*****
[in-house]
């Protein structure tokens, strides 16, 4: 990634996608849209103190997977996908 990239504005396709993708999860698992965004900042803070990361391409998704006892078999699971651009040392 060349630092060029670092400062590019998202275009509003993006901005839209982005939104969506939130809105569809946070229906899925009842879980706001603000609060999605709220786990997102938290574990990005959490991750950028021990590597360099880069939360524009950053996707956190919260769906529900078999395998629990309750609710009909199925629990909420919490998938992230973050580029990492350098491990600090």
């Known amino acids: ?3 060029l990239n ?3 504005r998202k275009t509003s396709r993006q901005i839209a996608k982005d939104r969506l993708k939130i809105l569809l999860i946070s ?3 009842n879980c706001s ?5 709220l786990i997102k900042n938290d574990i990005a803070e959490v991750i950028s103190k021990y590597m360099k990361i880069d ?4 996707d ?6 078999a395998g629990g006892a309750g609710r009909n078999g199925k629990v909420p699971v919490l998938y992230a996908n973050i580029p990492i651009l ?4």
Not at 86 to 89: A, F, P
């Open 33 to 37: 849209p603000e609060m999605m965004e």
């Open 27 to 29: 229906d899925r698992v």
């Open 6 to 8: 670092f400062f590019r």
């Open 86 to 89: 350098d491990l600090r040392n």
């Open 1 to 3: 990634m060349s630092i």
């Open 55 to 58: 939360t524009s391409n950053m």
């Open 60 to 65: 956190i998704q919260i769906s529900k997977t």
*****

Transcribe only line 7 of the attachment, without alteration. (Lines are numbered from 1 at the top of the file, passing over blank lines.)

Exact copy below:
């Open 6 to 8: 670092f400062f590019r």